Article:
WCO History

As we are currently halfway through the 3rd edition of the World Championships Online (henceforth called "WCO") it is worth looking back at the history of the WCO. By history I do not mean looking at the results, shocking moments and so on, but more from an organizational perspective and looking back at the initial (and current) goals of the WCO.

As dramatic as it might sound... it all started when KARAISKAKIS (henceforth called "Greg") had the idea of organizing a tournament which would unite the two Stratego communities, online and offline. At first, I was a bit sceptical to say the least about the idea of organizing a tournament which would hold the "World championships" title. The WCO would mainly attract online players, offline not so much, I thought. Looking back at it, I think this mainly is because of the lack of promotion of the WCO back then.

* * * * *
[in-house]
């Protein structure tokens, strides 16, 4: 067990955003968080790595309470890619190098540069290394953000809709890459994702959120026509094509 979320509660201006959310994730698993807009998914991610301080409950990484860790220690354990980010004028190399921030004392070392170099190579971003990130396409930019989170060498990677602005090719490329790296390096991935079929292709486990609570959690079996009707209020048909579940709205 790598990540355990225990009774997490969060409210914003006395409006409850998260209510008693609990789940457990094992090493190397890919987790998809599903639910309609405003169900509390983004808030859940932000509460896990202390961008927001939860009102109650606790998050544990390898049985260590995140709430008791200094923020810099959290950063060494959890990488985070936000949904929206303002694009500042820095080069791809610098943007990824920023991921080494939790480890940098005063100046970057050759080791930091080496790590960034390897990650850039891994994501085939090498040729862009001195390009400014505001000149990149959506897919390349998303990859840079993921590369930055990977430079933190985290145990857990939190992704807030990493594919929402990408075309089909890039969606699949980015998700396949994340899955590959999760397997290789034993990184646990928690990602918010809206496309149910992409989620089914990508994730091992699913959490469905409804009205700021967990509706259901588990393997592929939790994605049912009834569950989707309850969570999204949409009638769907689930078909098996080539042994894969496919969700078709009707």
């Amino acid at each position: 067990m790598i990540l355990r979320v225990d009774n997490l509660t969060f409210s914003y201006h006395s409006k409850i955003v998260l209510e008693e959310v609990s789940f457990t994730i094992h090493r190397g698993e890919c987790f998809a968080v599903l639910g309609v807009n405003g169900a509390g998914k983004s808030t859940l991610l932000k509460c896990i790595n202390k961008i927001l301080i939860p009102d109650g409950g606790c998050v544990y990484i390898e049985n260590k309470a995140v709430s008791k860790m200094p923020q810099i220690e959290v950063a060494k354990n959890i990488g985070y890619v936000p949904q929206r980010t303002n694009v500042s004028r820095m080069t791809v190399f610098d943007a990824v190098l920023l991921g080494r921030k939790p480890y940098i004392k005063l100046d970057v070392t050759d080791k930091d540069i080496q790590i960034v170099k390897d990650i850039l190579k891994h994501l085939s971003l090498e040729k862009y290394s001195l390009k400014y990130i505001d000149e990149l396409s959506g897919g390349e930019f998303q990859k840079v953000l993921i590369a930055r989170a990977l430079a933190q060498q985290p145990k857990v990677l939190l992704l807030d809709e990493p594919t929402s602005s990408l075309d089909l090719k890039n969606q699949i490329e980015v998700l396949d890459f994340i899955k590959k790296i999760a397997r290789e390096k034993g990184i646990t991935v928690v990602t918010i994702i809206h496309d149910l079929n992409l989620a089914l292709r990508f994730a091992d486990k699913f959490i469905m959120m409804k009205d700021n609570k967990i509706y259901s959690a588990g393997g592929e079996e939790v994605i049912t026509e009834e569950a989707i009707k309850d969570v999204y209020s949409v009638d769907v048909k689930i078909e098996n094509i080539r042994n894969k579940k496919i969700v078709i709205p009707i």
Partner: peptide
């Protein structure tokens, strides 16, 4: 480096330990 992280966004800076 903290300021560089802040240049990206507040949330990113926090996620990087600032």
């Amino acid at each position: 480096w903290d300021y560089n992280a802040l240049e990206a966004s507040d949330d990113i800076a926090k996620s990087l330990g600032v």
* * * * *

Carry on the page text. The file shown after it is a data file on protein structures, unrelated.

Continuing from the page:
When Greg approached me if I'd be interested in organizing such event, as said, I was sceptical due to various reasons. Knowing that many great things were once considered "stupid", "impossible", "unlikely" etc, I decided to give it a shot. Should it fail, I could always blame Greg for it ;) (just kiddin, Greg). Morx (henceforth called "Dennis") was added to the eventual WCO team, as a result of the live WC 2014 in Greece, probably during "aftermath" of the tournament 😁).